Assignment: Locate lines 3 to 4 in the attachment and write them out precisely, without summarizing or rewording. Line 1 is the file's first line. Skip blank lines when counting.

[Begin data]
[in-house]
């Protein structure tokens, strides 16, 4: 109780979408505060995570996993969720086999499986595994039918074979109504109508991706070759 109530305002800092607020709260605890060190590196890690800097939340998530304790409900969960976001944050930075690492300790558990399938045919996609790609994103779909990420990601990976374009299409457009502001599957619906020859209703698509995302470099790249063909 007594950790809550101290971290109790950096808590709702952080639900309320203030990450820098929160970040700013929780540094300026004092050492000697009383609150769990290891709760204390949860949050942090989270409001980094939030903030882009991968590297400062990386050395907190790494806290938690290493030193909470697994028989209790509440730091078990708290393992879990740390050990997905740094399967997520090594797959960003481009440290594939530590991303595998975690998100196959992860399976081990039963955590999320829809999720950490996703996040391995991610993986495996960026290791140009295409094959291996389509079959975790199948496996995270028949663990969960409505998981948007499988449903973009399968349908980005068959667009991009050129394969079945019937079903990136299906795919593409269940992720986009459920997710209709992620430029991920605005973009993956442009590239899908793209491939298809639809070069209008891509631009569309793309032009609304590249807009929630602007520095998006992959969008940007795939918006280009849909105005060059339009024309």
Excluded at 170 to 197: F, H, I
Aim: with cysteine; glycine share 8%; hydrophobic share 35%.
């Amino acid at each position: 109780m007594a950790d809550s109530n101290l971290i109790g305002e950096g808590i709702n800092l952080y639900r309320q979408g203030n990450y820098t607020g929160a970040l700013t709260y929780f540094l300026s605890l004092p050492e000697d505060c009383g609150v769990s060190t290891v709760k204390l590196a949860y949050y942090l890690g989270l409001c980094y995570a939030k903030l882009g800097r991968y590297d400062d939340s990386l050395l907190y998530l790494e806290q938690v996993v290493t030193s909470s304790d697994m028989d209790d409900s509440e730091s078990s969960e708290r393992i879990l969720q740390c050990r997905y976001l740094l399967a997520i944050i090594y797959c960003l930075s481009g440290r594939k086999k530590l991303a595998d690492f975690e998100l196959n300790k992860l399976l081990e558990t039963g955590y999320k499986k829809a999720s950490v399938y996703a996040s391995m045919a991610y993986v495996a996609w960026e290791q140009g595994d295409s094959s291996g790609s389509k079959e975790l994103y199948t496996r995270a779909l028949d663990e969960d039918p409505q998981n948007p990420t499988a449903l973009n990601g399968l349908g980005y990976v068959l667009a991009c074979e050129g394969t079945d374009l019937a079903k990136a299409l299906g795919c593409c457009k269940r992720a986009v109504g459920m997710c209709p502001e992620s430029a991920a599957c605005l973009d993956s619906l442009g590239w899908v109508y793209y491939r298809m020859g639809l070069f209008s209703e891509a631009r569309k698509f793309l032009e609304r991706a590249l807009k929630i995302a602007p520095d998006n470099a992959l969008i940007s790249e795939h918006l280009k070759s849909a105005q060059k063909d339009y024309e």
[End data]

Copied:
Excluded at 170 to 197: F, H, I
Aim: with cysteine; glycine share 8%; hydrophobic share 35%.